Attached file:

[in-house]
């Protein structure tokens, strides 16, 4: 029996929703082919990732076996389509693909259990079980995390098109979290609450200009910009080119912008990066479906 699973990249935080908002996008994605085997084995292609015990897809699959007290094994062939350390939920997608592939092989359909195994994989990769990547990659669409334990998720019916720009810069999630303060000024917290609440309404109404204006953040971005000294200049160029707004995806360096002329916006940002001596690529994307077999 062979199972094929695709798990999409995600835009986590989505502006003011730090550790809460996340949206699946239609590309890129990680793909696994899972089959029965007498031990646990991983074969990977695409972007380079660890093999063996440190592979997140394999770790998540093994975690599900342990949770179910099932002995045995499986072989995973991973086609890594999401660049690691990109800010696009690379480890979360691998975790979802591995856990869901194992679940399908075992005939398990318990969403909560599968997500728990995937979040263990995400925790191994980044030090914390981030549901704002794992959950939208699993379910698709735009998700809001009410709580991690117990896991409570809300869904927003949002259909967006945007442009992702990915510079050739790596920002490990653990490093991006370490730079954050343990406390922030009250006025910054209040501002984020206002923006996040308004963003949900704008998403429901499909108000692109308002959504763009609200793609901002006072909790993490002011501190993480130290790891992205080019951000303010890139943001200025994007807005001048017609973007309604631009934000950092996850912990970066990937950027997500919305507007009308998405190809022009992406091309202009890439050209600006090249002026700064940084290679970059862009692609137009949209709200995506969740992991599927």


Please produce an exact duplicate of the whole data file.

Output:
[in-house]
């Protein structure tokens, strides 16, 4: 029996929703082919990732076996389509693909259990079980995390098109979290609450200009910009080119912008990066479906 699973990249935080908002996008994605085997084995292609015990897809699959007290094994062939350390939920997608592939092989359909195994994989990769990547990659669409334990998720019916720009810069999630303060000024917290609440309404109404204006953040971005000294200049160029707004995806360096002329916006940002001596690529994307077999 062979199972094929695709798990999409995600835009986590989505502006003011730090550790809460996340949206699946239609590309890129990680793909696994899972089959029965007498031990646990991983074969990977695409972007380079660890093999063996440190592979997140394999770790998540093994975690599900342990949770179910099932002995045995499986072989995973991973086609890594999401660049690691990109800010696009690379480890979360691998975790979802591995856990869901194992679940399908075992005939398990318990969403909560599968997500728990995937979040263990995400925790191994980044030090914390981030549901704002794992959950939208699993379910698709735009998700809001009410709580991690117990896991409570809300869904927003949002259909967006945007442009992702990915510079050739790596920002490990653990490093991006370490730079954050343990406390922030009250006025910054209040501002984020206002923006996040308004963003949900704008998403429901499909108000692109308002959504763009609200793609901002006072909790993490002011501190993480130290790891992205080019951000303010890139943001200025994007807005001048017609973007309604631009934000950092996850912990970066990937950027997500919305507007009308998405190809022009992406091309202009890439050209600006090249002026700064940084290679970059862009692609137009949209709200995506969740992991599927």